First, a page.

Statistical analysis

All experiments were performed in at least three independent replicates, and data were presented as mean ± SEM. Statistical analyses were performed using GraphPad Prism (version 8.0). Two-way ANOVA was used to analyze significant differences between C57BL/6N and BALB/c mice. P < 0.05 was considered statistically significant (*p < 0.05, **p < 0.01, ***p < 0.001, ns means no statistical difference).


Characteristics of SARS-CoV-2/BMA8 infection in C57BL/6N and BALB/c mice

Previous studies have shown that the SARS-CoV-2 mouse-adapted strain SARS-CoV-2/BMA8 (BMA8) has different infectious properties in 9-month-old (aged) C57BL/6N and BALB/c mice [15]. i.e., this strain was lethal to BALB/c mice but not to C57BL/6N mice (Additional file 1: Fig. S1). The survival difference of different mouse strains infected with BMA8 provided us an ideal model to study the mechanism of host pathogenicity difference. To further investigate potential differences between the two types of mice infected with the BMA8 strain, clinical surveillance experiments were performed (Fig. 1A). We found that infection with BMA8 strain caused dramatic weight loss and, consequently, death in BALB/c mice but not in C57BL/6N mice (Fig. 1B, C), which is consistent with the previous research [15]. Additionally, the lymphocytes (Lym) and platelets (PLT) were decreased compared to the baseline value (before infection) (Fig. 1D, G), while neutrophils (Neu) were increased at 3 days post infection (dpi) (Fig. 1E); this phenomenon was more pronounced in BALB/c mice (Fig. 1F). Moreover, higher viral RNA copies (Fig. 1H) and viral titers (Fig. 1I) were detected in turbinates and lungs after BMA8 strain infection in C57BL/6N and BALB/c mice; both viral RNA copies and viral titers in lung tissues were significantly higher in BALB/c mice than in C57BL/6N mice. These findings indicate that BALB/c mice exhibit more significant susceptibility and lethality to the BMA8 strain than C57BL/6N mice.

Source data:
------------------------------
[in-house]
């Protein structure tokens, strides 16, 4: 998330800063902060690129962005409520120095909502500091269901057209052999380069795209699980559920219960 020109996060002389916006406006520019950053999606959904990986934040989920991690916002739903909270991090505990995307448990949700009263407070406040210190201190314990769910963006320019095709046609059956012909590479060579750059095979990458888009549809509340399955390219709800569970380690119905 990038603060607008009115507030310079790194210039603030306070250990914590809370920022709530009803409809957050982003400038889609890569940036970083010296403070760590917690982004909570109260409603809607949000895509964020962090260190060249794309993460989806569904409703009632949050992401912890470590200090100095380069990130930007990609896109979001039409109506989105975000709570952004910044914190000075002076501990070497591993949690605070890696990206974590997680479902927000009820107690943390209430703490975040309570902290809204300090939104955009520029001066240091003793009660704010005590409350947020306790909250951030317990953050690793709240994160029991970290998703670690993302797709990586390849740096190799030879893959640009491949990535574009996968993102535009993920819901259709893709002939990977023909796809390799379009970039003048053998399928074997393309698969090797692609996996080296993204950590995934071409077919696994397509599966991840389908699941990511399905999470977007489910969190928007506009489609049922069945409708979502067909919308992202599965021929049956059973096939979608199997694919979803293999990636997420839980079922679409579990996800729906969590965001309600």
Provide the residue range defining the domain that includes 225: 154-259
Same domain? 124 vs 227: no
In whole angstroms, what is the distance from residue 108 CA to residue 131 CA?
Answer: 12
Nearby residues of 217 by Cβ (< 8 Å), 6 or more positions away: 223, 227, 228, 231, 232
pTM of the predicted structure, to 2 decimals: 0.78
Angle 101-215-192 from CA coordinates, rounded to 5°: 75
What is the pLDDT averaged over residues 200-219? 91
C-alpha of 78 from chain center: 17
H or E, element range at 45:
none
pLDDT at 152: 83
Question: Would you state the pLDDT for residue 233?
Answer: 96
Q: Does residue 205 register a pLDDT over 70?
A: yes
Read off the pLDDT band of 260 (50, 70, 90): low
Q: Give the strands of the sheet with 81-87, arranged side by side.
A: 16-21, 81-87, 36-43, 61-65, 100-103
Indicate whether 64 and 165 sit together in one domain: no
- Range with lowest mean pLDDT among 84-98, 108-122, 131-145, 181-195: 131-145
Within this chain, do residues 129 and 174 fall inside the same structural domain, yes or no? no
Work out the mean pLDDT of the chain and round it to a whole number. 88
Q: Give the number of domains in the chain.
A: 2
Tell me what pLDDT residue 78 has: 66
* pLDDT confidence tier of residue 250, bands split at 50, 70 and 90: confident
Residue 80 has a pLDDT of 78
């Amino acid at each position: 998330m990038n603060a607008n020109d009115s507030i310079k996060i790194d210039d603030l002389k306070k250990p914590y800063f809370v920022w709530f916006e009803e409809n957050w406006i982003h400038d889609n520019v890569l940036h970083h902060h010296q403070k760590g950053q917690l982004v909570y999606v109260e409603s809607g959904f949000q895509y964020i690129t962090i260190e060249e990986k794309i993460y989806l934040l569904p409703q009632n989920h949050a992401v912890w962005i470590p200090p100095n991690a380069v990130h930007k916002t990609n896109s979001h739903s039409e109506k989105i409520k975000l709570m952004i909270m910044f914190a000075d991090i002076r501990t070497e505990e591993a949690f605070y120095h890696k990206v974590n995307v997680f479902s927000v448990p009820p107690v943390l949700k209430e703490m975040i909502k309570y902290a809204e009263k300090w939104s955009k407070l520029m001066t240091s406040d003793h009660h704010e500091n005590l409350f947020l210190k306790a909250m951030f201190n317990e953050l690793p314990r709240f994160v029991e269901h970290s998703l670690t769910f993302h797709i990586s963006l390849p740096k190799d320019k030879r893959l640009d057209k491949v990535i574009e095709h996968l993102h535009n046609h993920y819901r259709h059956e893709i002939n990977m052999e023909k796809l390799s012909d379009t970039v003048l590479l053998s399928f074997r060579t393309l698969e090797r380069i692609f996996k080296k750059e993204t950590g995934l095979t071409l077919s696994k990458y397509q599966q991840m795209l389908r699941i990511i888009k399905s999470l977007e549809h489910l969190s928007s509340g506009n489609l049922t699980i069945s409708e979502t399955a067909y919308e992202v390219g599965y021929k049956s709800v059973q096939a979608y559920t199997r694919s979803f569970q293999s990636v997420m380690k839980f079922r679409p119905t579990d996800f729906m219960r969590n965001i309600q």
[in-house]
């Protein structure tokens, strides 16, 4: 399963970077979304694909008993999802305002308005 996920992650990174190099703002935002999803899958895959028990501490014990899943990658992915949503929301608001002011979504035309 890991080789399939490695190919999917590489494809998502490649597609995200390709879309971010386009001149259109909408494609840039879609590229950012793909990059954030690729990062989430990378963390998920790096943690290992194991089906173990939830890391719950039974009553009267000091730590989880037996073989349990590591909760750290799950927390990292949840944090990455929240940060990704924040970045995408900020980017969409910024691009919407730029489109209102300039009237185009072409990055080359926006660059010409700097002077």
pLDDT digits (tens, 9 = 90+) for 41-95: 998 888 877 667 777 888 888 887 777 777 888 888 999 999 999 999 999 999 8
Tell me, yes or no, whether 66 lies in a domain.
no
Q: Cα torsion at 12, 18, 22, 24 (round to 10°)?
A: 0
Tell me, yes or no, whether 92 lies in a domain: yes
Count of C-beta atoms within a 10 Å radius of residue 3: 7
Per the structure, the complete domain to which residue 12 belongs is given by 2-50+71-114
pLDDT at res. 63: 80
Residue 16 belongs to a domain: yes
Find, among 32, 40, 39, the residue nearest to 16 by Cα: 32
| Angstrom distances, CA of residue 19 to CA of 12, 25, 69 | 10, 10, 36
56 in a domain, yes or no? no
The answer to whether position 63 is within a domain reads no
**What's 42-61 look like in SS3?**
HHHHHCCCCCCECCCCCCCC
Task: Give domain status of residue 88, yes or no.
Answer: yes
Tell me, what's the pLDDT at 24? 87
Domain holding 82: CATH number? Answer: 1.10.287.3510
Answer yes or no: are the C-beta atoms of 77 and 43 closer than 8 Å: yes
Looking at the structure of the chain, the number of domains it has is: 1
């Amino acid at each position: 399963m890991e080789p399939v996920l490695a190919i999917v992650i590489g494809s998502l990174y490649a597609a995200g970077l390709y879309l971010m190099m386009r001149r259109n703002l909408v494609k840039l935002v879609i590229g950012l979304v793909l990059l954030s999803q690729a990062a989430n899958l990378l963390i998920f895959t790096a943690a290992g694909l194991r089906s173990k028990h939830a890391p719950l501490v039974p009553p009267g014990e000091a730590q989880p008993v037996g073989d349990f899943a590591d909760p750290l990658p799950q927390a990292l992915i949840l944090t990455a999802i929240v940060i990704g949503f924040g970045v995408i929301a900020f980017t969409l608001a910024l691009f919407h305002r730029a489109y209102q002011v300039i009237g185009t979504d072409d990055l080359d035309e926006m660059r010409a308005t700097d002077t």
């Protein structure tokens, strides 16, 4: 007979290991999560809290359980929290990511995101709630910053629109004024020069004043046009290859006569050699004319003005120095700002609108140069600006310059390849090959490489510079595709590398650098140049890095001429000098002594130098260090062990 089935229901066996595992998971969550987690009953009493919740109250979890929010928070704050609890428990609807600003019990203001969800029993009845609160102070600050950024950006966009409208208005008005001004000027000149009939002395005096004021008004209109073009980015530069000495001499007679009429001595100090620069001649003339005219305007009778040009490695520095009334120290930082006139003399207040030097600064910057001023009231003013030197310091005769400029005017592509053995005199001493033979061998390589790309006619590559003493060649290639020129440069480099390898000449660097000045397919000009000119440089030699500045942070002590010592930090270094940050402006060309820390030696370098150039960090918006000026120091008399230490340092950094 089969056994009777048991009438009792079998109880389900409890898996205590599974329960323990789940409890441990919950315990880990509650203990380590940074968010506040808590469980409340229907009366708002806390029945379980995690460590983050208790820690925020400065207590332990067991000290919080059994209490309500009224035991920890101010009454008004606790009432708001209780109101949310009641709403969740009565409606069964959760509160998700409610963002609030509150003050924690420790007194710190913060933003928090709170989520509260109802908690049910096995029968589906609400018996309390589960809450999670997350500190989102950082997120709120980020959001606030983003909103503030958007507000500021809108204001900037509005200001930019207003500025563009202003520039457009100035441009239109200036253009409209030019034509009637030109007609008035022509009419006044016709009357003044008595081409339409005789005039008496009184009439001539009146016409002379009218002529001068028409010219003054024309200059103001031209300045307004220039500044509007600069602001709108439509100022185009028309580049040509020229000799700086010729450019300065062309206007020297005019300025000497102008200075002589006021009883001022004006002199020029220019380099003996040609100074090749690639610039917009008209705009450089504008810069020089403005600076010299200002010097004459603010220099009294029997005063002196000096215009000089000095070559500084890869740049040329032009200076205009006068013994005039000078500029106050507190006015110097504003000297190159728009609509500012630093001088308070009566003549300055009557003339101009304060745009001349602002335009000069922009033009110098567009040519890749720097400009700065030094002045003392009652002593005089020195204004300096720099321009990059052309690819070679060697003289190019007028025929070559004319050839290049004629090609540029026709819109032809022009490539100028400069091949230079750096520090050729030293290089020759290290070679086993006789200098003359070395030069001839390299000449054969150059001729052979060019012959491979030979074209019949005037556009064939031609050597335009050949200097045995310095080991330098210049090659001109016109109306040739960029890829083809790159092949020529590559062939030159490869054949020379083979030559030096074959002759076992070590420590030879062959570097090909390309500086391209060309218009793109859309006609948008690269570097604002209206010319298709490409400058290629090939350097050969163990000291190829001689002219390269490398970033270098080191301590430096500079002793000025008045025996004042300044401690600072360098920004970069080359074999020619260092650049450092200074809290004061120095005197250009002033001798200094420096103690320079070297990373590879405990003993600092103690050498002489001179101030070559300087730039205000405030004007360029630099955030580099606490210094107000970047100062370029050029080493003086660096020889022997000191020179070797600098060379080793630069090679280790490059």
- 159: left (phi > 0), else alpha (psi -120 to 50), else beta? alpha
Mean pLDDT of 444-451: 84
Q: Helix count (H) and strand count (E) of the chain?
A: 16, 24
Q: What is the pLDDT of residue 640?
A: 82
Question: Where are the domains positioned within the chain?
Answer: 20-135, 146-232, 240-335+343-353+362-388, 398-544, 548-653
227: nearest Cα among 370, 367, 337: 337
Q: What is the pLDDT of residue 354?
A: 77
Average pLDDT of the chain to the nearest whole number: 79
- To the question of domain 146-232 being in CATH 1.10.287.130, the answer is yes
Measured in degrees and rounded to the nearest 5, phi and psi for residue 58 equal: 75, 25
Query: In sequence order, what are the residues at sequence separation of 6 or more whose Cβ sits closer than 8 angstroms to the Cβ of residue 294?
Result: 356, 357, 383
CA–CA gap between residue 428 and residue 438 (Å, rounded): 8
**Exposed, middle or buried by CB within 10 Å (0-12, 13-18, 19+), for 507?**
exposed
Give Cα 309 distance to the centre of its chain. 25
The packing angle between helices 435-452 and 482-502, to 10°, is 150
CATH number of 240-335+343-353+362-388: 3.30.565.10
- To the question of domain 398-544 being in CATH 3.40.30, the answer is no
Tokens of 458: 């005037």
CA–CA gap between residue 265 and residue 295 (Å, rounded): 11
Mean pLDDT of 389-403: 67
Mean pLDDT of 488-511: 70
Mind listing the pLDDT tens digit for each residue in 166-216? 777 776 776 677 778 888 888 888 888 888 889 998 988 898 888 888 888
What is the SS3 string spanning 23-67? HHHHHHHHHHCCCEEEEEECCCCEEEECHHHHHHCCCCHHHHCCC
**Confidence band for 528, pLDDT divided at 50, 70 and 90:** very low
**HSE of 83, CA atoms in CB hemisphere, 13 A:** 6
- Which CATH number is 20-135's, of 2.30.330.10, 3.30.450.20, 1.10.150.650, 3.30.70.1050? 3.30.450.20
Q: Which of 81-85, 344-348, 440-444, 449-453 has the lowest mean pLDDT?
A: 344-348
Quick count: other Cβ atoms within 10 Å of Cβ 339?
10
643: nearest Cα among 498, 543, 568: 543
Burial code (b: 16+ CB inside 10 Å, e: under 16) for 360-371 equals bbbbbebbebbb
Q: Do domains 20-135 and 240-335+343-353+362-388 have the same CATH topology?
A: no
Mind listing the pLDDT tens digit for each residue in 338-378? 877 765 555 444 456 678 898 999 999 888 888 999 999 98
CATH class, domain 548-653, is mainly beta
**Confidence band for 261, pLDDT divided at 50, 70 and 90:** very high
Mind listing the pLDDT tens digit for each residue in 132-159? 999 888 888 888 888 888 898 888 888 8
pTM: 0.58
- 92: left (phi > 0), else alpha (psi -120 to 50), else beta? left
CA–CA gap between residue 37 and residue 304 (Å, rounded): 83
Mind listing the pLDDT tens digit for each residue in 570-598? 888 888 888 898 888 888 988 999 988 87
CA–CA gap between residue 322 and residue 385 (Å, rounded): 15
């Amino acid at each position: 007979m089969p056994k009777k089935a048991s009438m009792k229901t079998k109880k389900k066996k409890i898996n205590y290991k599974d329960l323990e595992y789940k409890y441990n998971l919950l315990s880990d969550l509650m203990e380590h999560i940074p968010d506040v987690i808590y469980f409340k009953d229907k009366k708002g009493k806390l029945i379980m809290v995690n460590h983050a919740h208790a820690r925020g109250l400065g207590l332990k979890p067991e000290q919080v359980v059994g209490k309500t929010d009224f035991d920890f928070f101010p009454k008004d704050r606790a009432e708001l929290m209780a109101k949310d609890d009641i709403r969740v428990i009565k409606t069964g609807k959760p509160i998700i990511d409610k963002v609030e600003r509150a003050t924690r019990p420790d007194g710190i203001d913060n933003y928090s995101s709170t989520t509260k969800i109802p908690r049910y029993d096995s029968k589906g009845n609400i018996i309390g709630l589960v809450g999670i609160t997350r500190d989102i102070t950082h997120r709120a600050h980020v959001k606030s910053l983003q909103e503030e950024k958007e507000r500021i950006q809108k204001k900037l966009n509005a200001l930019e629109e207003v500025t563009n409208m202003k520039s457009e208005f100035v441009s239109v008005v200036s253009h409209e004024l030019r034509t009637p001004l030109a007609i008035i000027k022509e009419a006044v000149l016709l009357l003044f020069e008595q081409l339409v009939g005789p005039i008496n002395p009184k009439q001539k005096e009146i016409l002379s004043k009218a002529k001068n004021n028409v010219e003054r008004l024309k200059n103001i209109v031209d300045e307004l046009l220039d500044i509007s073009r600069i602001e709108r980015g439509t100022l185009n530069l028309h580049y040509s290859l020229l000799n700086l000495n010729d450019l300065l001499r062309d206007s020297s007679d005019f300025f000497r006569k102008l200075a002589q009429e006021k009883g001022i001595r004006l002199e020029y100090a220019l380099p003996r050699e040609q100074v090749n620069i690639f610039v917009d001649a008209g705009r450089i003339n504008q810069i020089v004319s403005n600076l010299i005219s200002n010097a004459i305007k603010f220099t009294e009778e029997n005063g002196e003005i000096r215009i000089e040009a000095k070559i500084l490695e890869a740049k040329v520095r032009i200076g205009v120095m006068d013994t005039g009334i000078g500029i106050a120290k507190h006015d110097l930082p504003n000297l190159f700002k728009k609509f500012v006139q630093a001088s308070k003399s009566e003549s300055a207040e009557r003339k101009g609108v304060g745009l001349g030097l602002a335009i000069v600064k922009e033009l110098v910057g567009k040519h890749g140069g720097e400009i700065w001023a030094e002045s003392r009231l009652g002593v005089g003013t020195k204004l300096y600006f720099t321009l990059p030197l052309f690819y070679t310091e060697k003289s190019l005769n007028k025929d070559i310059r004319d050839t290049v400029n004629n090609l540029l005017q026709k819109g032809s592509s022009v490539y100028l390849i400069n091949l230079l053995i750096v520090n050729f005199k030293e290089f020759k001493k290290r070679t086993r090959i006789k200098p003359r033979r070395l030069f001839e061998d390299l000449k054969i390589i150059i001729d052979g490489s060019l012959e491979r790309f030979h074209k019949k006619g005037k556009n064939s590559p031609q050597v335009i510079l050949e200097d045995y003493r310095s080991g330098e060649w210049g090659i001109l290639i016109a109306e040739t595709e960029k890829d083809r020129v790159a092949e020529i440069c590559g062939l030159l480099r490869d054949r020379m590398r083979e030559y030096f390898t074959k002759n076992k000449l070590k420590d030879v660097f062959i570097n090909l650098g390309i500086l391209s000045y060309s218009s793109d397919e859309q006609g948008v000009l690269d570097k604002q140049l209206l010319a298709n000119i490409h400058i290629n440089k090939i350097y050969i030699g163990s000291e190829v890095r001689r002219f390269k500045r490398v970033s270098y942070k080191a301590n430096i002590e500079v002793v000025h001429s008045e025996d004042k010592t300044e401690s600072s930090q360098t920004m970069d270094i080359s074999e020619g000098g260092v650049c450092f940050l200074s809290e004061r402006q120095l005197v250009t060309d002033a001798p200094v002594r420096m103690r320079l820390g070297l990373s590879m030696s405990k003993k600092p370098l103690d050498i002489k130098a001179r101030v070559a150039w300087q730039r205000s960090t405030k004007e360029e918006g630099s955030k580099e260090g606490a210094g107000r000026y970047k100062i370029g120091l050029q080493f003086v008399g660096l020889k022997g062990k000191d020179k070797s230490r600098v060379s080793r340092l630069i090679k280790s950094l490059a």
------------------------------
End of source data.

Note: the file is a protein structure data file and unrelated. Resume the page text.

Fig. 1
figure 1

Effects of BMA8 strain infection on C57BL/6N and BALB/c mice. (A) The pattern of clinical surveillance in mice infected with BMA8 strain. (B) Survival curves of infected mice, n = 6. (C) Cumulative body weight analysis of infected mice. (D-G) The changes of parameters in the peripheral blood of mice analyzed at 0 dpi and 3 dpi; (D) percentage of lymphocytes (Lym), (E) percentage of neutrophils (Neu), (F) neutrophil-to-lymphocyte ratio (NLR), and (G) platelet count (PLT). (H) The viral RNA copies detected in lungs and turbinates of infected mice. (I) The virus titers were analyzed in lungs and turbinates of infected mice. *p < 0.05, **p < 0.01, ***p < 0.001, ns means no statistical difference

Pathogenicity of SARS-CoV-2/BMA8 against C57BL/6N and BALB/c mice